A molecule study that includes ratfish and rats

Here’s a molecule study (Irisarri et al. (10 co-authors)
that includes select members of the Gnathostomata (jawed vertebrates going back to ratfish). Their abstract reports, “Despite considerable efforts in resolving their evolutionary history and macroevolution, few studies have included a full phylogenetic diversity of gnathostomes, and some relationships remain controversial.”

At least they are on the right track, with a wide gamut study. The LRT covers very few fish, but a long list tetrapods. Evidently the LRT was not on their radar. (sigh)

“We tested a new bioinformatic pipeline to assemble large and accurate phylogenomic datasets from RNA sequencing and found this phylotranscriptomic approach to be successful and highly cost-effective. Our analyses emphasize the importance of large, curated, nuclear datasets to increase the accuracy of phylogenomics and provide a reference framework for the evolutionary history of jawed vertebrates.”

Importance? Unfortunately you have to be a believer, because their RNA interrelationships can and cannot be verified by a competing analysis of traits (explained in detail below).

“Gene jackknifing of genomic data corroborates the robustness of our tree.”

Unfortunately, genomic data produces several false positives when compared to phenomic data.

Here we’ll compare results
to the large reptile tree (LRT, 1187 taxa), which goes back nearly as far in a morphological study and employs fossil taxa. I have often said that molecules produce false positives over large phylogenetic distances. Here that statement proves to be both true and false, depending on the node.

The LRT includes only bony vertebrates,
so sharks, rays and ratfish are not included as taxa in the LRT. Lungfish and most teleosts are also not included.

Where the Irisarri et al. tree matches the LRT:
Both trees:

  1. separate ray fin fish from lobe fin fish
  2. separate tetrapods from lobe fin fish
  3. separate amniotes from amphibians (only living taxa are tested)
  4. separate caecilians from salamanders + frogs
  5. separate turtles, mammals, archosaurs and lepidosaurs
  6. nest birds with crocs
  7. nest Sphenodon with squamates
  8. nest all mammals with other mammals, turtles with turtles, birds with birds, etc. etc.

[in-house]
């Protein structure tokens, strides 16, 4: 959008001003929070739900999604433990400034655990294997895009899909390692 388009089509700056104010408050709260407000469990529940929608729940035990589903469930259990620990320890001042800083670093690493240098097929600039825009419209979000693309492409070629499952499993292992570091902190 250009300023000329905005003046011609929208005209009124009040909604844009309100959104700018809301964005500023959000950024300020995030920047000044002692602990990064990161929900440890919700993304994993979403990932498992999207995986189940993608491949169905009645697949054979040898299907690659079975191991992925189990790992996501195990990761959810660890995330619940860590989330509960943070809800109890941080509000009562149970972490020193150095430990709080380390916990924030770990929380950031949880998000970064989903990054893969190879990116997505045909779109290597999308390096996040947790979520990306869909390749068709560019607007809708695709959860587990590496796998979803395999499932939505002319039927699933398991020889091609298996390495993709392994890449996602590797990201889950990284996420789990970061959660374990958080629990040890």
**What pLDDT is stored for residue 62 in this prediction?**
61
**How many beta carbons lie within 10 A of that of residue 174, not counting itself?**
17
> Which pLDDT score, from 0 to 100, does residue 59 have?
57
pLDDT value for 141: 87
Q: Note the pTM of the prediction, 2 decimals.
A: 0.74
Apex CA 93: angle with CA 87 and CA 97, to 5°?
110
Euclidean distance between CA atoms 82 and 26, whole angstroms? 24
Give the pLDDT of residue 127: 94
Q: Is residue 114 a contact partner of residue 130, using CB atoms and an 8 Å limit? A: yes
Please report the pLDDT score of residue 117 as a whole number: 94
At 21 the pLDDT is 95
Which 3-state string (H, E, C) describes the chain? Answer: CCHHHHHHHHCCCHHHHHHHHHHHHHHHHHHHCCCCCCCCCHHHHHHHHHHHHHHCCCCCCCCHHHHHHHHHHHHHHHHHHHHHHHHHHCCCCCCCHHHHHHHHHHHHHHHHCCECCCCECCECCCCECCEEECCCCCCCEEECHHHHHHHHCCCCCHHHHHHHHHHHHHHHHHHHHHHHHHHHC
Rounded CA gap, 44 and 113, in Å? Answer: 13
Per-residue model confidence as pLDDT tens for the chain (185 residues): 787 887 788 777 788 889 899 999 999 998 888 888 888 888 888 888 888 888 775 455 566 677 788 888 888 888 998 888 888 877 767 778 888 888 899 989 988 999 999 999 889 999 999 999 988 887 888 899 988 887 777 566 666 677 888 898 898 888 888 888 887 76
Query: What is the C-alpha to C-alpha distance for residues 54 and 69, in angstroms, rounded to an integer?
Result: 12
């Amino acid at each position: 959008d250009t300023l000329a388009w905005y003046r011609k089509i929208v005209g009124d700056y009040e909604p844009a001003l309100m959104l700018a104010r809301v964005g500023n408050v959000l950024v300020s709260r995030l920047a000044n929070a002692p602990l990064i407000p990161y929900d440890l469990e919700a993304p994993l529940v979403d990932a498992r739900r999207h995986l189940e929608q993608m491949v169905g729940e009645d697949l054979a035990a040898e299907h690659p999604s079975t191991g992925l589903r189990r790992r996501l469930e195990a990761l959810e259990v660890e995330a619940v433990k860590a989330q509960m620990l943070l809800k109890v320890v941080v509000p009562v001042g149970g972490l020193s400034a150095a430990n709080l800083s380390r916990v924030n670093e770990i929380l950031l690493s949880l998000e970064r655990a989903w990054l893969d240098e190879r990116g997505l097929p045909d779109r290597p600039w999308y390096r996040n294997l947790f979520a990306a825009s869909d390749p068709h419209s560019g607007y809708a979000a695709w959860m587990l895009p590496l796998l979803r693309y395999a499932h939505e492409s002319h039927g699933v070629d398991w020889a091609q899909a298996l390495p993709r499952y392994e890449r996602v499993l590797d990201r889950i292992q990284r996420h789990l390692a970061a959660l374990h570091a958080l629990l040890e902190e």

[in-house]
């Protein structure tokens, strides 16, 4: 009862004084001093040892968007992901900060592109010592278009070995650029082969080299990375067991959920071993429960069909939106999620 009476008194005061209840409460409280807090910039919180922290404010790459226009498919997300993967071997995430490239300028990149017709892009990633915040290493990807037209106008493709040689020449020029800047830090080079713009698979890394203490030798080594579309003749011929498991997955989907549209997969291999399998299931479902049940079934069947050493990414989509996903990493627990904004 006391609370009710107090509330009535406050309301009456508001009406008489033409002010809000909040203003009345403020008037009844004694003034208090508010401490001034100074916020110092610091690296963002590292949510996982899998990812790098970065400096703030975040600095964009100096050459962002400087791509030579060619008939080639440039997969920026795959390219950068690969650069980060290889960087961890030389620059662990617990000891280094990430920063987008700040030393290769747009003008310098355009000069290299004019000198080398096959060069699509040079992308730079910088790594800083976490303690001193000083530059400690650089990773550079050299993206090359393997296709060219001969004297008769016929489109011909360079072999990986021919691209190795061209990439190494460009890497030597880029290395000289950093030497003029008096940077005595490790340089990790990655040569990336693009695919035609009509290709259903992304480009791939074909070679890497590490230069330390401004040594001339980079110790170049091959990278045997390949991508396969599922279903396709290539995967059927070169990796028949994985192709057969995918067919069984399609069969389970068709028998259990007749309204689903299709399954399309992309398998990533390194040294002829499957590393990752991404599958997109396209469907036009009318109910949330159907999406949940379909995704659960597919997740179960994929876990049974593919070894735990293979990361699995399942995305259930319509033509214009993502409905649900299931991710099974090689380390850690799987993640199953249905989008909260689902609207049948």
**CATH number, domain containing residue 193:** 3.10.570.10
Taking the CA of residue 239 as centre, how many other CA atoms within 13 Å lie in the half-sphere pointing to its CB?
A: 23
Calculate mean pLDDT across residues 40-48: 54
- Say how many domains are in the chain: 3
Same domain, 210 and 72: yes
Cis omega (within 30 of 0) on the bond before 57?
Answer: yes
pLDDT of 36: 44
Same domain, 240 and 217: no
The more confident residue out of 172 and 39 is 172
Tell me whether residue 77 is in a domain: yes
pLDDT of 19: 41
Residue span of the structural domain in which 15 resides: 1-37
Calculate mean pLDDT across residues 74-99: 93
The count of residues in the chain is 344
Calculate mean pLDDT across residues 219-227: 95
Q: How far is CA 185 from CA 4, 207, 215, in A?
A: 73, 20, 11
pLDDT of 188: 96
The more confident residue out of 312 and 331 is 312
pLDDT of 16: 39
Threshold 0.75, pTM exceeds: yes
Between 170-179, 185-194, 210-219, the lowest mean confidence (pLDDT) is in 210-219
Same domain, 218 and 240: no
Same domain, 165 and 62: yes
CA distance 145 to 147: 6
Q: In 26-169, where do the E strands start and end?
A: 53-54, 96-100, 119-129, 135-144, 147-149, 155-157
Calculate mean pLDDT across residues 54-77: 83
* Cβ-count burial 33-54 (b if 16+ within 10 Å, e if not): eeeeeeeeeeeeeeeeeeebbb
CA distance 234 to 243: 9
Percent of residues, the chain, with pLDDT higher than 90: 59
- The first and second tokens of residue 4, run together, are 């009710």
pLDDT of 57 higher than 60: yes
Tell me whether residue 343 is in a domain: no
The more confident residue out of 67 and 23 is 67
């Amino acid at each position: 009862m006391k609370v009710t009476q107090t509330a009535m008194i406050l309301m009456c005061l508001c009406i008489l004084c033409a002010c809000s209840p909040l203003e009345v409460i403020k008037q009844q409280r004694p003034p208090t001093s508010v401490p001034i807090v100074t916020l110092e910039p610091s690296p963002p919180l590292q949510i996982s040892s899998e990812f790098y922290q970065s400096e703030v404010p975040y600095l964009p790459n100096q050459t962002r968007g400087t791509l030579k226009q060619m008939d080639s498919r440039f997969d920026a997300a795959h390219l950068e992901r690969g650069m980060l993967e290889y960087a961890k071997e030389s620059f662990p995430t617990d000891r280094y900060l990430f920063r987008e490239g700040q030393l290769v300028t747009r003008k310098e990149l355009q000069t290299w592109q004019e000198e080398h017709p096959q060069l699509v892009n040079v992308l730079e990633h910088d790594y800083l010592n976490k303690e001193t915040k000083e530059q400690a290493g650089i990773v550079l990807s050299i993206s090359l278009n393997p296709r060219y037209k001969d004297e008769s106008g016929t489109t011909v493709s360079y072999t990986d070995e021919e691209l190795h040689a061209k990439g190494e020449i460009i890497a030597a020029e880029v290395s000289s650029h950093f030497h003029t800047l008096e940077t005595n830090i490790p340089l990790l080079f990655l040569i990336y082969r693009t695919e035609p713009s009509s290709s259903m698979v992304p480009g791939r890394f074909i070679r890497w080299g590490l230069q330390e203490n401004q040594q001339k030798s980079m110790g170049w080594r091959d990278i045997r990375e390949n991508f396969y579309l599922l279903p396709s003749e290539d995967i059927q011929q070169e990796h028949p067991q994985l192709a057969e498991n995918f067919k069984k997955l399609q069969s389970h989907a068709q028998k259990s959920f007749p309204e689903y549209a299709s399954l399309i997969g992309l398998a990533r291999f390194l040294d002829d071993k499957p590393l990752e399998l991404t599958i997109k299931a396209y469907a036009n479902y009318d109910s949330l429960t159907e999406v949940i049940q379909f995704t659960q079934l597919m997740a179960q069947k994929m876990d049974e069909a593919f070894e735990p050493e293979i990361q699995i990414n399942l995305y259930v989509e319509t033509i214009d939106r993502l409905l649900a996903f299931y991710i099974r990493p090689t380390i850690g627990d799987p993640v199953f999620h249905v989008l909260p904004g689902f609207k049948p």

9. nest placental mammals with other placental mammals, apart from non-placental mammals
  10. nest palaegnath birds with palaeognath birds, apart from neognath birds
  11. nest placental mammals splitting from Monodelphis

Where the Irisarri et al. tree does not match the LRT:
The Isirarri et al. tree:

  1. separates mammal reptiles from all other reptiles
  2. separates turtles from lepidosaurs, instead nesting turtles with birds and crocs
  3. separates iguanids from Sphenodon, instead nesting iguanids and Elgaria (alligator lizard) with snakes
  4. separates geckos from snakes, instead nesting geckos with skinks
  5. separates the finch (Taeniopygia guttatafrom the chicken and turkey, instead nesting the finch as the basalmost neognath

The LRT:

  1. nests mammals with birds and crocs, not lepidosaurs
  2. nests turtles with lizards, not archosaurs
  3. nests geckos with snakes, not skinks
  4. nests iguanids at the base of all squamates, therefore closer to Sphenodon
  5. nests Elgaria with Cryptolacerta (Eocene) and Ophisaurus (extant, not tested by Irisarri et al)

You might remember
molecules brought us the clade Afrotheria, a clade that includes elephants, aardvarks and golden moles, among a larger list of unrelated taxa

At present a certain amount of faith
attends gene sequencing, a hope that similar genes will translate to the appearance of similar body parts and proportions. Often that faith is rewarded. Other times, it is not. While DNA testing has proven its validity within genera (in crime labs and ancestry searches), the possibility of a ‘false positive’ using gene sequencing over larger phylogenetic distances occurs too often.

Ultimately
if you want to see how evolution works in tetrapods, molecules work for some nodes, not for others, and excludes fossil taxa. For more consistent results that deliver gradual accumulations of traits in derived taxa, using every sort of tetrapod taxa (including fossils), try morphology. It’s the benchmark against which molecules succeed sometimes and fail other times. I cannot yet unravel the pattern of false positives vs. verified positives.

Perhaps the worst aspect of DNA analysis:
it is correct often enough that some well-meaning scientist consider it flawless. At present only one person on the planet has produced a competing trait analysis that shows DNA analysis is flawed…sometimes.

References
Irisarri I et al. 2017. Phylotranscriptomic consolidation of the jawed vertebrate time tree. Nature ecology & evolution 1: 1370–1378. doi:10.1038/s41559-017-0240-5

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